Gone are the days of the CMO who is not fluent in metrics, analytics and spreadsheets. The…
Gone are the days of the CMO who is not fluent in metrics, analytics and spreadsheets. The Internet has made marketing far more measurable (and therefore more accountable to the CEO and CFO) than ever before. Yet I frequently hear from my CMO peers that they are struggling to find the right metrics that will gain credibility and show the real contribution of marketing to the bottom line.
The best marketing metrics look at the total cost of marketing, including program spend, team salaries and overhead, and relate that cost to the results you care about: revenue and customer acquisition. Other metrics like cost-per-lead, cost-per-follower or cost-per-page-view can be useful to look at within a marketing team, because they can help you make decisions about where to focus and what parts of your marketing process are broken. But most CEOs really just care about the cost and net results, not the interim steps. This list of metrics focuses on the most critical measures of marketing that you should discuss with your CEO.
This is your total sales and marketing cost—all the program or advertising spend, plus salaries, plus commissions and bonuses, plus overhead—for a given time period, divided by the number of new customers during that time. That time period could be a month, a quarter or a year. For instance, if you spent $300,000 on sales and marketing in a month and added 30 customers that month, then your CAC is $10,000.
I like to compute the marketing portion of CAC and call it M-CAC, and then compute that as a percentage of overall CAC. The M%-CAC is interesting to watch over time, as any change signals that something has changed in either your strategy or your effectiveness.
For instance, an increase in M%-CAC may mean:
For a company that does mostly outside sales with a long and complicated sales cycle, M%-CAC might be 10 to 20 percent. For companies that have an inside sales team and a less complicated sales process, M%-CAC might be 20 to 50 percent. And for companies that have a low cost and simpler sales cycle where sales are somewhat humanless, the M%-CAC might be 60 to 90 percent.
For companies that have a recurring revenue stream from their customers—or any way for customers to make a repeat purchase—you need to estimate the total value of a customer and compare that to what you spent to acquire a new customer.
To compute the LTV, take the revenue the customer pays you in a period, subtract out the gross margin, and divide by the estimated churn percentage (cancellation rate). So, if your customers pay $100,000 per year and your gross margin is 70 percent, and that customer type is predicted to cancel at 16 percent per year, the LTV
Once you have the LTV and the CAC, you compute the ratio of the two. If it cost you $100,000 to acquire this customer with an LTV of $437,500, then your LTV:CAC is 4.4 to 1. For growing SaaS companies, most investors and board members want this ratio to be greater than 3X; a higher ratio means sales and marketing have a higher ROI. Higher is not always better though; when the ratio is too high, you may be restraining your growth by underspending and making life easy for your competition. You might want to spend more on sales and marketing to grow faster.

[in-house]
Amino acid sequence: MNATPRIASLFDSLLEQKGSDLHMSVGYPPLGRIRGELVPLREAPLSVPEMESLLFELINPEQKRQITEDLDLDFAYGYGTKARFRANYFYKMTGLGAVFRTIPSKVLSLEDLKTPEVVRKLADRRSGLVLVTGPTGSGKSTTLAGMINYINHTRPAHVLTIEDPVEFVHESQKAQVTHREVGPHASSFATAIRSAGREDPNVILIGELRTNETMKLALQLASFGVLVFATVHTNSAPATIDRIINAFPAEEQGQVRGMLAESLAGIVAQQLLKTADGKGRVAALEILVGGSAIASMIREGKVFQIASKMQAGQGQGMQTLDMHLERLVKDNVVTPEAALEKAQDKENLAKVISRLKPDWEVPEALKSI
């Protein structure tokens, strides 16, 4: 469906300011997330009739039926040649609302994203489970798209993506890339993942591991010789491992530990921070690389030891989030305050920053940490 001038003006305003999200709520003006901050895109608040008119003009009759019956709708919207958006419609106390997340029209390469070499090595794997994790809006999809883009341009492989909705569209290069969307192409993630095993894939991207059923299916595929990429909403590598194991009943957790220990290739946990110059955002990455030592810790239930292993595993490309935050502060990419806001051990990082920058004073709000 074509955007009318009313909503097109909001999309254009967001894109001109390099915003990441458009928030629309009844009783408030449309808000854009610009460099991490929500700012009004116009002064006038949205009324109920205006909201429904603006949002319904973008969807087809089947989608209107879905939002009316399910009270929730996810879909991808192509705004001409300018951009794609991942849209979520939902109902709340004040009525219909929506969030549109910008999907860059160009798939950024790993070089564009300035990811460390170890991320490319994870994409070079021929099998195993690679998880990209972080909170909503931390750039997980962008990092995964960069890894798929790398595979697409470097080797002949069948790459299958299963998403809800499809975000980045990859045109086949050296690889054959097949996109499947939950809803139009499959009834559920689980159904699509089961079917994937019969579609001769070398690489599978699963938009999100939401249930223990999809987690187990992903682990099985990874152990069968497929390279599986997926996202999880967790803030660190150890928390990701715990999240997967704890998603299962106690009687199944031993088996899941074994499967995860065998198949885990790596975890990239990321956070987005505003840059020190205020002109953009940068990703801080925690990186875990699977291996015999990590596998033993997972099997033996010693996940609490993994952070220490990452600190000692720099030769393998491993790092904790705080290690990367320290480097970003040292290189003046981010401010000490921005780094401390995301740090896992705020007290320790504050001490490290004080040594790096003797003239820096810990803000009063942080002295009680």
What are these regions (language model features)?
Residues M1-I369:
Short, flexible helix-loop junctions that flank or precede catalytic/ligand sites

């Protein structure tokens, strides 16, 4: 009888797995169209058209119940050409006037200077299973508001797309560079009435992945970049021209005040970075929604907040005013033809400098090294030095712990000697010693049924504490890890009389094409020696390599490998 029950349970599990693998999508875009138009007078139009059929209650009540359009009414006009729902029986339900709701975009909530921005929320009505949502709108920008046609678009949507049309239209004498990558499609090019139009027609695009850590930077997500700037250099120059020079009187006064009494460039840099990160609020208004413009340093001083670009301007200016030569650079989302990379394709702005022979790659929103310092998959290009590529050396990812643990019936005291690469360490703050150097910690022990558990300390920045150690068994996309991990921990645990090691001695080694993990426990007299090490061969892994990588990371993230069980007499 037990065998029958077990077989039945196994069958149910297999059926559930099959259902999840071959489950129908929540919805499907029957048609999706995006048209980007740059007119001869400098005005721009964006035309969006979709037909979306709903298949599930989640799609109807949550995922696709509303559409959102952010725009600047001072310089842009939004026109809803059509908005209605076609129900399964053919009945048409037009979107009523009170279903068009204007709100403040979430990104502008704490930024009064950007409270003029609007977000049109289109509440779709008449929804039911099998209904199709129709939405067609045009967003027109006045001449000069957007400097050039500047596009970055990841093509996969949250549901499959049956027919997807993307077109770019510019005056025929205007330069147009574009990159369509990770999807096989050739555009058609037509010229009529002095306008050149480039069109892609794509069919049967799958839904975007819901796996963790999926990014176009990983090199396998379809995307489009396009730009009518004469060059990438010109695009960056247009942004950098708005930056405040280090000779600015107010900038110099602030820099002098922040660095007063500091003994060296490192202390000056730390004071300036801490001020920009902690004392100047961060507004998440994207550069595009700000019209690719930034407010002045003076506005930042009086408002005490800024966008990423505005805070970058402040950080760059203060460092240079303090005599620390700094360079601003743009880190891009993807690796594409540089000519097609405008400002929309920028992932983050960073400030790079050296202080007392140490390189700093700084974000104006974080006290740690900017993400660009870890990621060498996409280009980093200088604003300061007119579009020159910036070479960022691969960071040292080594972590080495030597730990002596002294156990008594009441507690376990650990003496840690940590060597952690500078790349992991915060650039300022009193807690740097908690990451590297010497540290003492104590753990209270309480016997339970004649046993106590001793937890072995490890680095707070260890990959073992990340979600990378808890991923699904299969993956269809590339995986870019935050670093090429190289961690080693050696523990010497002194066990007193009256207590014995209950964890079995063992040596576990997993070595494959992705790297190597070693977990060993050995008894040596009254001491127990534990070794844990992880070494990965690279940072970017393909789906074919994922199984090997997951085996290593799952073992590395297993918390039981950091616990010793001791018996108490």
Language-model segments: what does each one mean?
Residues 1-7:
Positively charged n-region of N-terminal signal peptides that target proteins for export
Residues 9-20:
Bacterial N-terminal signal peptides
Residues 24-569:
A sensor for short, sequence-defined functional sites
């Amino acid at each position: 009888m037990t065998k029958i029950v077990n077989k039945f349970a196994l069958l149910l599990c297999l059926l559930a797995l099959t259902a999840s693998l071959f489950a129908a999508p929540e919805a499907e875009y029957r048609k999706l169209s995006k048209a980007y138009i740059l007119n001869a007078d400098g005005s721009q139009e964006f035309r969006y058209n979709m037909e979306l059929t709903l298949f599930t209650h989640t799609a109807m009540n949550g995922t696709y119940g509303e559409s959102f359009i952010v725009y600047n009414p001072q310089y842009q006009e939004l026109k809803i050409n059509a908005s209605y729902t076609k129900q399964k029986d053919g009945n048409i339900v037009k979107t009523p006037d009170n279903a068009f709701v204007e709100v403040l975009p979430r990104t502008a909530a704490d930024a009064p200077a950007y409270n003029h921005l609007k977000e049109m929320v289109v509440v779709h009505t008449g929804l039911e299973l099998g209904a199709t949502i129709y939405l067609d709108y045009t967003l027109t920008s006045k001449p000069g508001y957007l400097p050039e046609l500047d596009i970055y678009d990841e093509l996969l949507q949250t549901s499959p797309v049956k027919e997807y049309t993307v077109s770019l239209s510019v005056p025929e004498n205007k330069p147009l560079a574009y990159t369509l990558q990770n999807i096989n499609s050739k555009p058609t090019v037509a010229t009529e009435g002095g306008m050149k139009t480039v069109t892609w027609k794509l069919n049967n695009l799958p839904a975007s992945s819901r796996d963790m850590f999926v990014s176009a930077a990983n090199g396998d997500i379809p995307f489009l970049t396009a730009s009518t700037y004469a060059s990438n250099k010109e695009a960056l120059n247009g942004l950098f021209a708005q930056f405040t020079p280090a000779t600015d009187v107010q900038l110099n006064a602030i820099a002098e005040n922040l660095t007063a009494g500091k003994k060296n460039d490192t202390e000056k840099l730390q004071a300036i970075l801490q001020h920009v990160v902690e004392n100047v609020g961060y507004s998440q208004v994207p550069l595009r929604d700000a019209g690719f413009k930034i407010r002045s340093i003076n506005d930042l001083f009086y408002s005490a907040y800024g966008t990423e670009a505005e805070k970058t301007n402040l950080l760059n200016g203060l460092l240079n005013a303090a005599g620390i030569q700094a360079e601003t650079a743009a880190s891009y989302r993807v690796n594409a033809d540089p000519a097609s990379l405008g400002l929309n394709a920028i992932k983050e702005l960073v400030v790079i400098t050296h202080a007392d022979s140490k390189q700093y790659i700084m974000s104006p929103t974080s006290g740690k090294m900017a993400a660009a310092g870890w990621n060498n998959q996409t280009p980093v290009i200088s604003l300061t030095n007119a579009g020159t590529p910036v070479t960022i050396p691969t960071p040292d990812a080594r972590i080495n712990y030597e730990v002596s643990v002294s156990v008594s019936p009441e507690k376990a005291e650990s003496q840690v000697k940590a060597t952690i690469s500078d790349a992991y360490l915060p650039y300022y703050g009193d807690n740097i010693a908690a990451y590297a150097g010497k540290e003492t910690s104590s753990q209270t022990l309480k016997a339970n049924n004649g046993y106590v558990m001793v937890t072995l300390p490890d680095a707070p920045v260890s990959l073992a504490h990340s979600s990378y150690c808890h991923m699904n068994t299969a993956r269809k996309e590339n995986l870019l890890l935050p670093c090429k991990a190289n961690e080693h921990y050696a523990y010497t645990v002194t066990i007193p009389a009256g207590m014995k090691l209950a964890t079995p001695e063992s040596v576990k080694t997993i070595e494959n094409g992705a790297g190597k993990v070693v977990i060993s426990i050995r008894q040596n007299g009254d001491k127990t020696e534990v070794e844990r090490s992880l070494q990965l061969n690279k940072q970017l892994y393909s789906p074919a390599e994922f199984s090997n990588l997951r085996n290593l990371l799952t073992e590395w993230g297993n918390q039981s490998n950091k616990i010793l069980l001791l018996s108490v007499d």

This is the number of months it takes you to earn back the CAC. Take the CAC and divide it by the margin-adjusted revenue per month for the average new customer you just signed up. The result is the time to payback. In industries where customers pay one time up front, this metric is less relevant because the up-front payment should be greater than the CAC (otherwise, you lose money on every customer). On the other hand, in industries where customers pay a monthly or annual fee, you usually want the payback time to be less than 12 months so that a new customer becomes profitable within the year.
This ratio shows what percentage of your new business is driven by marketing. To compute, take the new customers you signed up in a period and determine what percentage started with a lead that marketing generated. This is much easier to do when you have a closed-loop marketing analytics system, but you can do it manually—just know it will be time- consuming.
What I like about this metric is that it directly shows what portion of the overall customer acquisition originated in marketing, and it is often higher than sales would lead you to believe. In my experience, this percentage varies widely from company to company. For companies with an outside sales team supported by an inside sales team with cold callers, this percentage might be pretty small, perhaps 20 to 40 percent. For a company with an inside sales team that is supported by a lot of lead generation from marketing, it might be 40 to 80 percent. And for a company with somewhat humanless sales, it might be 70 to 95 percent. You can also compute this percentage using revenue instead of customers, depending on how you measure your business.
This is similar to the marketing originated customer percentage, but adds in all new customers where marketing touched and nurtured the lead at any point during the sales process (not just lead origination). For instance, if a salesperson found a lead, but the lead attended a marketing event before it closed, that new customer was influenced by marketing. This percentage is obviously higher than the originated percentage, and for most companies should be between 50 and 99 percent.
By focusing on the most critical measures of marketing, these six metrics provide CEOs the information they care most about: cost and net results.
Mike Volpe is a startup marketing and growth executive, angel investor, and board member of Repsly, a SaaS company. Follow Mike on Twitter at @mvolpe or read his HubSpot blog posts at http://blog.hubspot.com/marketing/author/mike-volpe.